1. Nerves suck! I'm sure I will struggle with them when I start showing. Stinker is so sensitive I need to be able to keep myself totally chill so it doesn't totally fall apart. I really think showing is a skill in itself.

    1. It really is! I used to get nerves soooo badly but all this going and showing frequently has really helped.

  2. the quote you attribute to me is actually from Carleigh Fedorka of A Yankee in Paris. "confidence building not confidence proving." she wrote that to explain why she started her season off with taking her training horse novice. bc she didn't need to prove that she and the horse could go training when she knew that they would be better benefited from a confidence building round at novice. by taking time at an easier level to refine and perfect, rather than pushing their limits when problems exist.

    i adopted that same quote when acknowledging that isabel and i had training issues that needed attention. and that going novice, even tho we *can*, was not necessarily the best choice. i didn't need to prove anything by going novice, instead i could build by going BN. that is the context of that quote - it seems to be applied opposite in your post above.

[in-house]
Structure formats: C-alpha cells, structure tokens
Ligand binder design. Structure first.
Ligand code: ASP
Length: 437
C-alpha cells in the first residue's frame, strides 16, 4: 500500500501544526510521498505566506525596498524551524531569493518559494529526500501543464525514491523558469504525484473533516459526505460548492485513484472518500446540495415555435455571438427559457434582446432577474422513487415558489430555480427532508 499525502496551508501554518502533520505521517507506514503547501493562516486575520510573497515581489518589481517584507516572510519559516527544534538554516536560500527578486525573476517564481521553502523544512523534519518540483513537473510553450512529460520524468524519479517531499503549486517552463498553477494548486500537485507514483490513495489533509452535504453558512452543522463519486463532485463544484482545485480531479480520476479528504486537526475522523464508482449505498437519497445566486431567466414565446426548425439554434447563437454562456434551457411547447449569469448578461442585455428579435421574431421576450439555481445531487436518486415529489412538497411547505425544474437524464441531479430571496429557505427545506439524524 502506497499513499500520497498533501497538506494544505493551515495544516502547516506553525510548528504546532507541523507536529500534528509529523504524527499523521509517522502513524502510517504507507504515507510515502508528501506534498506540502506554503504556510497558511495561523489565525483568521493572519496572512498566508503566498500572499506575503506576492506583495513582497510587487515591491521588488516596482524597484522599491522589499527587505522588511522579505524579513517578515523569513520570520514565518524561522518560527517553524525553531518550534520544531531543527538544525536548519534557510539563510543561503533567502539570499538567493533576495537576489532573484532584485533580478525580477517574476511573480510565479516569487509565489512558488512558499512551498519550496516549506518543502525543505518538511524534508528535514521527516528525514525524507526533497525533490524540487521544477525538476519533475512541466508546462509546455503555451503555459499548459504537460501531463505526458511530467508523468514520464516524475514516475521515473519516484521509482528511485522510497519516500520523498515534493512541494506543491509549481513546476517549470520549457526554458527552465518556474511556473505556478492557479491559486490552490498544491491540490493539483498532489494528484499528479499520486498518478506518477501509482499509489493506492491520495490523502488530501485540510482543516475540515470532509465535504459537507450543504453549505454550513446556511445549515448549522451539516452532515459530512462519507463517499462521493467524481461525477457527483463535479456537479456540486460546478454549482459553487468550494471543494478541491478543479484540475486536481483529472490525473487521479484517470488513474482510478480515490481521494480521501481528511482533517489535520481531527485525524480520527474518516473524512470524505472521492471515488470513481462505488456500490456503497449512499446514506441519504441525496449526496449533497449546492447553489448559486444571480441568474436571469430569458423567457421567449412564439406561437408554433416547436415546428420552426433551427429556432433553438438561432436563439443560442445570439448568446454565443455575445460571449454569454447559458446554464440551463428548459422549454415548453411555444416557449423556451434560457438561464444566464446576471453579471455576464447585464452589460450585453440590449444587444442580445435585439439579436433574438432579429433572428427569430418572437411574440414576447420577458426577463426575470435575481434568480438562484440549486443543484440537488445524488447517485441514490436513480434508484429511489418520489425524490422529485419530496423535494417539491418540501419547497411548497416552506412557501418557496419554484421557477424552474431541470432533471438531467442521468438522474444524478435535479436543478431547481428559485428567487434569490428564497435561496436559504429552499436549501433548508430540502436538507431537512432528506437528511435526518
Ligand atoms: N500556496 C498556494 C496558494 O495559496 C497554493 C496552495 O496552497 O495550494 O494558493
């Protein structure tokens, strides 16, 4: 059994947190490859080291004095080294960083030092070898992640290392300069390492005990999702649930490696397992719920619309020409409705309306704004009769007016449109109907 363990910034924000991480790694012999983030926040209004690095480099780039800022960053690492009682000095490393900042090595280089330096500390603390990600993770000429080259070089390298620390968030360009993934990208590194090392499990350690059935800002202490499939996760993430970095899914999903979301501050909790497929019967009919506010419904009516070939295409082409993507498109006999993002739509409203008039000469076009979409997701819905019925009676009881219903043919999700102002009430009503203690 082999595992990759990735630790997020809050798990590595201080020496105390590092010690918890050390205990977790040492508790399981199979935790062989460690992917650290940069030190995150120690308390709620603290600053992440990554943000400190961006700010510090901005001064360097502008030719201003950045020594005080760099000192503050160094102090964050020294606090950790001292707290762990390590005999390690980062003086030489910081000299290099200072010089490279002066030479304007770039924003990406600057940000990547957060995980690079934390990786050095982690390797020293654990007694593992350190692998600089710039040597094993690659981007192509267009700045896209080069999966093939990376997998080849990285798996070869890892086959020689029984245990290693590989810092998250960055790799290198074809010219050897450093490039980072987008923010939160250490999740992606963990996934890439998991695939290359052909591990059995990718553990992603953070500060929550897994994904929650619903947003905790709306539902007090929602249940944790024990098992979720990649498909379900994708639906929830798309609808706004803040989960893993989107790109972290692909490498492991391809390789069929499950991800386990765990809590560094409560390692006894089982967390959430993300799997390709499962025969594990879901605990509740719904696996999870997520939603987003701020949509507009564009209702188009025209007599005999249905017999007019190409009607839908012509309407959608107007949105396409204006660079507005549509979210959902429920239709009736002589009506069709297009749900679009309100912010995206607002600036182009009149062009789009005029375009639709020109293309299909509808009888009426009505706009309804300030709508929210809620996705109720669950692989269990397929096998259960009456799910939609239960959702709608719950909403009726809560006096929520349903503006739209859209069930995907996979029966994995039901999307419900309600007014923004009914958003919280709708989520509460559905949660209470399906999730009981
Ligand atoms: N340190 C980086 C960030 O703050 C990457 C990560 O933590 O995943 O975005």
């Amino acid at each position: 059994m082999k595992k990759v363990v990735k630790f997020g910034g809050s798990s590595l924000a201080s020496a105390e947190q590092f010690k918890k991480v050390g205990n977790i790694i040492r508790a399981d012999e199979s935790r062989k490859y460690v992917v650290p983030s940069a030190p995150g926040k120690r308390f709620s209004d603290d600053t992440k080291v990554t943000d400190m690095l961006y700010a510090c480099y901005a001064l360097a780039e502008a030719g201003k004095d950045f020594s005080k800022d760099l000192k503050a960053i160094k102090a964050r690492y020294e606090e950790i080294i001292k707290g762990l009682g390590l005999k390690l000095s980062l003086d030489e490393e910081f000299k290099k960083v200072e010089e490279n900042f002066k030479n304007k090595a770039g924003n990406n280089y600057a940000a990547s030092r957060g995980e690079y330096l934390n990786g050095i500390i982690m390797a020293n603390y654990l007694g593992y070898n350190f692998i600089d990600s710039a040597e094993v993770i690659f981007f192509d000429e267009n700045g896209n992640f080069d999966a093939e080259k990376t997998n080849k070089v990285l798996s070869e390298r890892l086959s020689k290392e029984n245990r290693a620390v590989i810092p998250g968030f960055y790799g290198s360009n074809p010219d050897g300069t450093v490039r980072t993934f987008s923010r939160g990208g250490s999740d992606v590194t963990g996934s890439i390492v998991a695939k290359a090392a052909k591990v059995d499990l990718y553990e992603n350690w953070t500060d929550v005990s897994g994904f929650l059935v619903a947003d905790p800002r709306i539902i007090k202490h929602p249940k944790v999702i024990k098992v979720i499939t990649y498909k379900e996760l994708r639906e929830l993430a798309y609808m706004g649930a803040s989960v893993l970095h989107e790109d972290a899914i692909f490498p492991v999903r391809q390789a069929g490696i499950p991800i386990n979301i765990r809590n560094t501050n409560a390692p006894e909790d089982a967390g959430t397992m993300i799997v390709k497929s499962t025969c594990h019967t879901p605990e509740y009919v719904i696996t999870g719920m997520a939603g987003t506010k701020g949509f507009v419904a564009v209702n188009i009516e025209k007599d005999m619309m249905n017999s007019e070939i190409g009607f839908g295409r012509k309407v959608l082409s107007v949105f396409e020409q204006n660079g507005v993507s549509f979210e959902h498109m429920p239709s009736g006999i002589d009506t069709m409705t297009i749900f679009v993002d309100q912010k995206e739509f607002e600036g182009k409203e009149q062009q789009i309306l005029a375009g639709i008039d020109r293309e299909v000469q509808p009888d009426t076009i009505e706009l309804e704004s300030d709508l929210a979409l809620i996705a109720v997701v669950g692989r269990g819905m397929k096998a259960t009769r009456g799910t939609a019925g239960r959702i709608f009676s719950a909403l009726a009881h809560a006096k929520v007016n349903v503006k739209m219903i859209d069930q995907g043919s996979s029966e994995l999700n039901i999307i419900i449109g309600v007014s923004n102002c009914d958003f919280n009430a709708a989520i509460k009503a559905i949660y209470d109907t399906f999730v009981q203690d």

1. Ah makes sense :) Yea I guess my use is different...I feel totally fine at novice level stuff and the training we have been schooling. I think its definitely a matter of me trying it, pushing the envelope and believing we can do it but doing it. This XC round really did build a ton of confidence for us...it was awesome. I guess in a way it was both a confidence building and proving ride. One I needed to know we got this and to stop worrying so much about the level, but more about where we are in our training. If we have prepared and our coaches agree then I need to go into with just that, do what weve been training to do and keep it positive.

  3. When I was a junior I used to get really nervous at shows, like really nervous. IHSA helped me a lot because it gave me an opportunity to show a lot without spending a ton of money, and eventually showing became pedestrian. The same thing happened with Carlos, the first year with him I went to 2 schooling shows a month during the summer, and one a month during the school year. It made the whole showing experience (at every height) really mundane. When it came to rated shows because they were still few and far between, expensive and a big to do, I would still get really nervous. Just attending them as a spectator, watching Pros and Ammies like me make the same exact mistakes, really changed the game for me. There is nothing wrong with just going out and doing it over and over and over again until its old hat, on your horse, on another horse, from the comfort of your own chair.

    1. I like that!! I should probably try to go attend more recognized events even as a spectator...

  4. Something about barreling as fast as you can towards a jump isn't always appealing... esp when the life beneath you can spook at the most minor thing. :P

  5. You should be very proud of all you've accomplished! I am hoping I can keep my nerves under control at my even next month. Nerves are not easy!